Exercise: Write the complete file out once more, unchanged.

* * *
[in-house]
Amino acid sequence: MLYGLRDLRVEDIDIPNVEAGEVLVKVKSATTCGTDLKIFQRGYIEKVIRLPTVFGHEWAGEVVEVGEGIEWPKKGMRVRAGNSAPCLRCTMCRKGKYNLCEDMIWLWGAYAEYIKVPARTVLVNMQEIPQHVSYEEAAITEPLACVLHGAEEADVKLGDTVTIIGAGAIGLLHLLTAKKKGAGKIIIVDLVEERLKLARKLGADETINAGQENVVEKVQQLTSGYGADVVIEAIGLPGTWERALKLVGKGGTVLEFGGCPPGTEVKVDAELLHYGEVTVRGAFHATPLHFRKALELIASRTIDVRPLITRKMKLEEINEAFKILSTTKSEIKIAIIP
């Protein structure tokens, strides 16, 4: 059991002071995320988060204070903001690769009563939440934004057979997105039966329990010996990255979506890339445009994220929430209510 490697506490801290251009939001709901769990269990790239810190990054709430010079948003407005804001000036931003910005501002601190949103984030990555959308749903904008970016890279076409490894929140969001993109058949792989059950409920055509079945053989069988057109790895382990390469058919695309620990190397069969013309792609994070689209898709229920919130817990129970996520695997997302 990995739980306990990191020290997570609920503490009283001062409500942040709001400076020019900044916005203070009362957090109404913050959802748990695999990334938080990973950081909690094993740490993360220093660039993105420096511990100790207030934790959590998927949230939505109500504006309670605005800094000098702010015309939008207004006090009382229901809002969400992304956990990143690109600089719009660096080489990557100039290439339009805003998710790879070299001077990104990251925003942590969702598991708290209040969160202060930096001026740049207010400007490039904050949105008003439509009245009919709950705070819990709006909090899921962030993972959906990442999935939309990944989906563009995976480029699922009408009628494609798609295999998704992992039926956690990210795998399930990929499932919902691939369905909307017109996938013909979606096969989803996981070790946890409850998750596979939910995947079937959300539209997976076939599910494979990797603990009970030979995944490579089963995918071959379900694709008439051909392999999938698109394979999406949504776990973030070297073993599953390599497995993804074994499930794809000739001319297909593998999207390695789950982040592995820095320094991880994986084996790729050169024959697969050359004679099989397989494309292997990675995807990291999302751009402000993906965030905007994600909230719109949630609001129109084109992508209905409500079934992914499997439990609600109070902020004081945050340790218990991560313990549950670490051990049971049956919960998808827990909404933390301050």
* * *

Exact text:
[in-house]
Amino acid sequence: MLYGLRDLRVEDIDIPNVEAGEVLVKVKSATTCGTDLKIFQRGYIEKVIRLPTVFGHEWAGEVVEVGEGIEWPKKGMRVRAGNSAPCLRCTMCRKGKYNLCEDMIWLWGAYAEYIKVPARTVLVNMQEIPQHVSYEEAAITEPLACVLHGAEEADVKLGDTVTIIGAGAIGLLHLLTAKKKGAGKIIIVDLVEERLKLARKLGADETINAGQENVVEKVQQLTSGYGADVVIEAIGLPGTWERALKLVGKGGTVLEFGGCPPGTEVKVDAELLHYGEVTVRGAFHATPLHFRKALELIASRTIDVRPLITRKMKLEEINEAFKILSTTKSEIKIAIIP
């Protein structure tokens, strides 16, 4: 059991002071995320988060204070903001690769009563939440934004057979997105039966329990010996990255979506890339445009994220929430209510 490697506490801290251009939001709901769990269990790239810190990054709430010079948003407005804001000036931003910005501002601190949103984030990555959308749903904008970016890279076409490894929140969001993109058949792989059950409920055509079945053989069988057109790895382990390469058919695309620990190397069969013309792609994070689209898709229920919130817990129970996520695997997302 990995739980306990990191020290997570609920503490009283001062409500942040709001400076020019900044916005203070009362957090109404913050959802748990695999990334938080990973950081909690094993740490993360220093660039993105420096511990100790207030934790959590998927949230939505109500504006309670605005800094000098702010015309939008207004006090009382229901809002969400992304956990990143690109600089719009660096080489990557100039290439339009805003998710790879070299001077990104990251925003942590969702598991708290209040969160202060930096001026740049207010400007490039904050949105008003439509009245009919709950705070819990709006909090899921962030993972959906990442999935939309990944989906563009995976480029699922009408009628494609798609295999998704992992039926956690990210795998399930990929499932919902691939369905909307017109996938013909979606096969989803996981070790946890409850998750596979939910995947079937959300539209997976076939599910494979990797603990009970030979995944490579089963995918071959379900694709008439051909392999999938698109394979999406949504776990973030070297073993599953390599497995993804074994499930794809000739001319297909593998999207390695789950982040592995820095320094991880994986084996790729050169024959697969050359004679099989397989494309292997990675995807990291999302751009402000993906965030905007994600909230719109949630609001129109084109992508209905409500079934992914499997439990609600109070902020004081945050340790218990991560313990549950670490051990049971049956919960998808827990909404933390301050």